In my second grade classroom at Shawswick Elementary in Bedford, IN, I have noticed an equity issue of gender. My teacher is a big supporter of a quiet learning environment, and anyone who makes noise during quiet work time gets called out on it. Second grade boys tend to have a difficult time sitting still, so this expectation the teacher sets is already a challenge for them to meet. One morning, I get to my classroom and I notice that a few desks have been separated from the normal rows of desks. I do not think much of it at first, and then I notice that the only desks that were moved away from the group were boys’ desks. I ask the teacher about it, and the teacher told me they were not able to concentrate on their work because they were moving around too much. I then pay closer attention to these boys the rest of the day and I notice that they are still moving around and not much has really changed. My teacher seems to have this set idea that a classroom needs to be a quiet, still environment, but that is not a conducive learning environment for 7-year-old boys. She was not being equitable between the girls personalities of being quieter and more still to boys more rambunctious personalities. This affected the boys’ motivation because I could tell that they were embarrassed for being separated from their peers. They stopped participating and did not seem to be enjoying their work, or at least appeared to enjoy it less than normal. If a child feels they are not being treated equally, they will most likely not want to participate or not feel comfortable in a classroom that should feel like a community.
There is a very real problem with equity in schools, and Delpit (1988) and Gay (2002) have given some suggestions to help lesson this very real problem. Delpit believes that “students must be taught the codes needed to participate fully in the mainstream of American life…within the context of meaningful communicative endeavors” (296). Delpit also suggests that people in minorities and members of poor communities “must be allowed to participate fully in the discussion of what kind of instruction is in their children’s best interest” (296). She feels very strongly that people learn differently based on their cultural background and that communication across different cultures can be very difficult for people who are unaware that people from different cultures communicate differently.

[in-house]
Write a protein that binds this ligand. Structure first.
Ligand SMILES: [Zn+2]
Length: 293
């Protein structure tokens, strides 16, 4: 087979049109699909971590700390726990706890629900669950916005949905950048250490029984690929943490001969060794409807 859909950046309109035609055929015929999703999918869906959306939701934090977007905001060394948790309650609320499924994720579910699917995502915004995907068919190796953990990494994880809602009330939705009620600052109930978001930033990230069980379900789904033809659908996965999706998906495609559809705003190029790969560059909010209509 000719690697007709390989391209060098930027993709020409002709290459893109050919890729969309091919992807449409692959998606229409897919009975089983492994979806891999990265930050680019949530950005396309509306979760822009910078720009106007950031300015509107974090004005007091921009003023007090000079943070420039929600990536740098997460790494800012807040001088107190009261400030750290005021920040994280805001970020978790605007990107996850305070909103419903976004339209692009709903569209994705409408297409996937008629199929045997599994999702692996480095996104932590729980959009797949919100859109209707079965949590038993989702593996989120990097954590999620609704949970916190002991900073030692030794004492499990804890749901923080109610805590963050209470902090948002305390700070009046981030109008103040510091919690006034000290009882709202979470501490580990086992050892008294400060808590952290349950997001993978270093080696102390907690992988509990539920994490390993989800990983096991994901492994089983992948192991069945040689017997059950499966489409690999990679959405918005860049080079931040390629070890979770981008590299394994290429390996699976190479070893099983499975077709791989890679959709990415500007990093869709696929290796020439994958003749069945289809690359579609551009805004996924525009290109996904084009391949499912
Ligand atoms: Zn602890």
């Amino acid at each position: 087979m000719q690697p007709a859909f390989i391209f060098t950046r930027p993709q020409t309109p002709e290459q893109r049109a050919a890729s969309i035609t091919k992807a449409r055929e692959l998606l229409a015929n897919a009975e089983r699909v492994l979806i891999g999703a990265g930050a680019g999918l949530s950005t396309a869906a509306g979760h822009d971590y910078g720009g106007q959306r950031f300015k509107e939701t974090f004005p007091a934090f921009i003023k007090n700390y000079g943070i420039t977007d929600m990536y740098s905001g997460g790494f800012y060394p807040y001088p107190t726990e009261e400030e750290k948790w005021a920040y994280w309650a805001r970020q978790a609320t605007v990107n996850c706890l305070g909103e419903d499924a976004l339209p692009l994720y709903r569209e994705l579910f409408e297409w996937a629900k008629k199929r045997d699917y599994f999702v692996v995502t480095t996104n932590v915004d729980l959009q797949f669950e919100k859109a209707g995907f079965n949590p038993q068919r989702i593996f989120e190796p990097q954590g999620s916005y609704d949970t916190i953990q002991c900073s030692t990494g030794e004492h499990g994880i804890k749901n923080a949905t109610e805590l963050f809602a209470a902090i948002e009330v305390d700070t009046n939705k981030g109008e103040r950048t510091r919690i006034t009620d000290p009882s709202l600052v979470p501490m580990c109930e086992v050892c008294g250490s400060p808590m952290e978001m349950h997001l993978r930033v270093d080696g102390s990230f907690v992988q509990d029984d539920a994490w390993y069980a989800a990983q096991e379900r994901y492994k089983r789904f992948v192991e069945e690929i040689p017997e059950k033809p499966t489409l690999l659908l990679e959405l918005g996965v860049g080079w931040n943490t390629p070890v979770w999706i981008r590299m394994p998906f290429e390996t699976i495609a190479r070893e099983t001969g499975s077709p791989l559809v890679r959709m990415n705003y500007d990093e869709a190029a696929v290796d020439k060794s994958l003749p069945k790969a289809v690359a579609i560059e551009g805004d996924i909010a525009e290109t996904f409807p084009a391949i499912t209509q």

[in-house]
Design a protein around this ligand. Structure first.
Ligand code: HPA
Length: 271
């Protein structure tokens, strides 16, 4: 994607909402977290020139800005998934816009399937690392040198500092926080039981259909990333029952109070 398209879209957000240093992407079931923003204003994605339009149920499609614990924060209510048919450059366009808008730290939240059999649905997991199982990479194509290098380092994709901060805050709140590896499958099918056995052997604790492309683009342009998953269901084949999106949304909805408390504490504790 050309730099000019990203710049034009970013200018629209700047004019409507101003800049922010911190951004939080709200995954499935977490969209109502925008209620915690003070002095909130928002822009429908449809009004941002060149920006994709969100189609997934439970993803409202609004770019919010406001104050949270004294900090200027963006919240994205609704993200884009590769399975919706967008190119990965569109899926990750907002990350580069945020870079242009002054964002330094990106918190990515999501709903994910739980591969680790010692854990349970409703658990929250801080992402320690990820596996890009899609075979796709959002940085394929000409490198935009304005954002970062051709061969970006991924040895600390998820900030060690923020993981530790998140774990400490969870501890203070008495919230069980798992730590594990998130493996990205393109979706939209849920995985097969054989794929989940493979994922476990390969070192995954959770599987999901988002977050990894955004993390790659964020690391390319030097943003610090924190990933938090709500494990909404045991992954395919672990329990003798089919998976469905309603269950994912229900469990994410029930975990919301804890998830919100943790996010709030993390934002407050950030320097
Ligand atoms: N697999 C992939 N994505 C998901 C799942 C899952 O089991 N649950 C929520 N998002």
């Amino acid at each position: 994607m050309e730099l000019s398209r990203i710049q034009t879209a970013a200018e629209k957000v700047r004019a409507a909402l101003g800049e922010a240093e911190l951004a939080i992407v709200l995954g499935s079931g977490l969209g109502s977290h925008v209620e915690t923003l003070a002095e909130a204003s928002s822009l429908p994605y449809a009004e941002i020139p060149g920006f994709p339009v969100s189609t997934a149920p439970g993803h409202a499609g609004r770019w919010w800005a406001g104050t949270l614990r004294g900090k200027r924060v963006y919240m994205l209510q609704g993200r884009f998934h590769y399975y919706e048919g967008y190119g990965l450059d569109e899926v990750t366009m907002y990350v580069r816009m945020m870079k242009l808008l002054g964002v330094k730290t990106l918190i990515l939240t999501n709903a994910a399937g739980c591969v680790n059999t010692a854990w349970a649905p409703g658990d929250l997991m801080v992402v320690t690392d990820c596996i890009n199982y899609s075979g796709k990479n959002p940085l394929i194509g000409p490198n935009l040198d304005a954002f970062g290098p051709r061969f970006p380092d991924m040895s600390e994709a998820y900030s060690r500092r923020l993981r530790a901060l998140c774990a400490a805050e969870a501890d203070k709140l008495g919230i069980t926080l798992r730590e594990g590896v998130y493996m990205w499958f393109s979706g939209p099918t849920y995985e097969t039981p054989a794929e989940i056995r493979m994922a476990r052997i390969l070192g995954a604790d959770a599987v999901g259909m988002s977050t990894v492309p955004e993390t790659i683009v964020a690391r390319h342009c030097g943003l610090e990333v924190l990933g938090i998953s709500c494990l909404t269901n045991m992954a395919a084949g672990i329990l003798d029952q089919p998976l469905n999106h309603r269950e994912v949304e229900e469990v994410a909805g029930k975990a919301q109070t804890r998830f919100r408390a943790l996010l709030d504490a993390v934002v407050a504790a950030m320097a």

Gay suggests that teachers should design culturally relevant curricula in order to give support to children from different cultures. One thing that Gay suggests is that, as teachers, we should deal “directly with controversy” (108). Gay talks about how a lot of teachers try to avoid talking about very controversial issues, most of which have everything to do with culturally relevant issues. If teachers are not afraid of talking about cultural topics, the students should begin to feel comfortable expressing their culture in their classroom. Another way Gay suggests giving support to children from different cultures is through symbolic curriculum and understand the power that it holds “as an instrument of teaching and use it to help convey important information, values, and actions about ethnic and cultural diversity” (108). Overall, Gay wants teachers to not only teach about the White culture, but to talk about all cultures. Culture is all around us in the United States, and it is part of the teacher’s role to make sure that their students are aware of the different cultures represented in the immigrant country of the United State of America.